No one wanted to listen when I told them League of Extraordinary Gentleman was a good movie, and yet reviews for Indiana Jones and the Kingdom of the Crystal Skull have not run particularly negative.
You probably don’t actually know where I’m going with that.
Crystal Skull finds Indy first at the mercy of Natasha Badanov, then surviving a nuclear bomb blast, then persecuted by his own communist-terrified government, then on a quest to return a Crystal Skull to a mythical temple… so, that’s the first ten minutes.What follows involves giant, man-eating ants, South American natives who apparently live walled up in a tomb awaiting unsuspecting passersby, and a plot that ultimately makes absolutely no sense whatsoever.
Throw into the mix Mutt Williams (Shia LeBeouf) who steps in as a “young Indy” rascal in a leather jacket, Indy friend/possible traitor “Mac,” and the return of Karen Allen as Marion/love interest, and you’ve got… a lot of excuses to babble meaninglessly when we need a short break from the “action.”
The realm of “big, goofy, action” is one which demands suspension of disbelief, but it has to actually understand suspending disbelief.Raiders of the Lost Ark knew just how to play that game, and knew exactly what it was.The whole idea of such films is basically a caricature of life in general.Bad guys are bigger and badder, bizarre monsters might pop up, heroes dodge a few more bullets than plausibility dictates and outrun rolling boulders and hordes of natives, and survive the cliff jump into the water.It all comes together and lifts up an audience because, “Man!That was so cool!” (in bold… you know what I’m saying… with exclamations)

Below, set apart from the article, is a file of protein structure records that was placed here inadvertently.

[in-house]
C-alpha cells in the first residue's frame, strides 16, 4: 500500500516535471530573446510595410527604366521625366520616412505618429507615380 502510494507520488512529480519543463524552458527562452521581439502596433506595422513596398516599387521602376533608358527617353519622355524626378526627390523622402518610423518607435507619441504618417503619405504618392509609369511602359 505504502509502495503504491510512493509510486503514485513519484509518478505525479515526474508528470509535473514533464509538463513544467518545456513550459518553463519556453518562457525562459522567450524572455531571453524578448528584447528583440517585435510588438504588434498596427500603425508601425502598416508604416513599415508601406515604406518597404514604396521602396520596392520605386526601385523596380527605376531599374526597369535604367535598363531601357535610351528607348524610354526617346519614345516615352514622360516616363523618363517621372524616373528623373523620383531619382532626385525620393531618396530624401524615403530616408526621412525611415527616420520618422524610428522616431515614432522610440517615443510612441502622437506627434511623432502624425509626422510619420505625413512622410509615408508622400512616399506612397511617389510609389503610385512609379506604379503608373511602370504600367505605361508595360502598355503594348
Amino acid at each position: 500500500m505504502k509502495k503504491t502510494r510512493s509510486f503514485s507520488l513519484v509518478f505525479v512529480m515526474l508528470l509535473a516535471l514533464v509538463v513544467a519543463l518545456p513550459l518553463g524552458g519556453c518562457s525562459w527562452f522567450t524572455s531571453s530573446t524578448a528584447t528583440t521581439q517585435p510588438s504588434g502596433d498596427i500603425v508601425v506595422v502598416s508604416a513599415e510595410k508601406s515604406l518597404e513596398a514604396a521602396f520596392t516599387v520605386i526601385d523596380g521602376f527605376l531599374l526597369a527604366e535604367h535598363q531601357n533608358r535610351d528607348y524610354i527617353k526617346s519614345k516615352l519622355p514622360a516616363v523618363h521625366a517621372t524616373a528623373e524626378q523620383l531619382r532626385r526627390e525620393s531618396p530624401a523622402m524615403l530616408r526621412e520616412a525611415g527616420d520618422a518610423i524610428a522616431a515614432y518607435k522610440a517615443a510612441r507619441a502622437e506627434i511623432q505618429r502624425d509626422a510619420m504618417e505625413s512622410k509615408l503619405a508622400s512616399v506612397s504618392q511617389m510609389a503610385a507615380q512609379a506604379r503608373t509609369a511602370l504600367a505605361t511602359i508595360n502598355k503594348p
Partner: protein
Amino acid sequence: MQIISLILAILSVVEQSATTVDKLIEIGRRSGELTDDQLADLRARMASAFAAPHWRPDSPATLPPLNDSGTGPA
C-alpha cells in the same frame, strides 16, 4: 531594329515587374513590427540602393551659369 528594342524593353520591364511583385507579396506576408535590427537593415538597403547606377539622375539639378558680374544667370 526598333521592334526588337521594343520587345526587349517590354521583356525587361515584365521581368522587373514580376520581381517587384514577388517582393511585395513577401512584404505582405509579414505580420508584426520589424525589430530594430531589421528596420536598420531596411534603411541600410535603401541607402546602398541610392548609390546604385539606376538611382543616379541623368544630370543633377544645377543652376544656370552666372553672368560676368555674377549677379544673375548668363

But imagine strolling through the theme park, and finding one of those brilliant artists who will draw your caricature portrait for you.Then take that picture to the next guy, and have him draw a caricature portrait of the first caricature portrait.
Crystal Skull almost instantly devolves into self-mockery, and unfortunately doesn’t realize it. There is “bigger than life,” and then there is “completely ridiculous,” and if you’re going to make a film in this genre, you’d better know the difference.Man-eating ants are pretty cool actually, if we spend maybe two minutes on them, run away, and have a worthwhile story to get back to.If we run from them for ten minutes, have a fist fight in their midst just so we can meaninglessly display the magic effects of an artifact (that makes no sense), and eventually get back on track with our completely nonsensical story… well, then they aren’t very cool.When they’re scary and creep you out a bit, you’re giving your audience something.When they pick up a guy and carry him down into the depths of the anthill, you’re just being stupid because you know you can.
Similarly, running your hero to the edge of a cliff, within the context of a meaningful story, and forcing him to jump for the water is giving your audience a bit of a thrill, and hopefully doing something that looks and feels rather adventurous.You can imagine the flashbacks to days of cinema long gone, when we came up with “cliffhanger,” and audiences might actually move to the edge of their seat with bulging eyes, and ultimately cheer at the screen.
There’s no thrill in watching someone drive a car off a cliff and having that car caught by a tree which slowly lowers the conveniently amphibious car into the river below.There are no bulging eyes in Crystal Skull.There are only blank stares and much head scratching.
You can’t deny there is a lot of action in Crystal Skull, but there is no fun, no adventure, and nothing that holds things together and makes it worth watching.At no point in the film did I care in the slightest what was going to happen next, and as things progressed I only grew less interested as the thing became completely farcical before my eyes.Crystal Skull even invents a new tool of storytelling which is closely related to Deus ex Machina, but would have to be named “Deus ex I Don’t Know What The Hell To Do Now So The Bad Guys Magically Appear.”
We all know that the big names associated with this film lost themselves long ago listening to their own press.Creators of admittedly fine films, they have both stumbled through the barrier that differentiates, “What I do is good,” from “Whatever I do is good,” and we aren’t likely to ever see any return to usefulness.
Here’s the trailer – knock yourself out.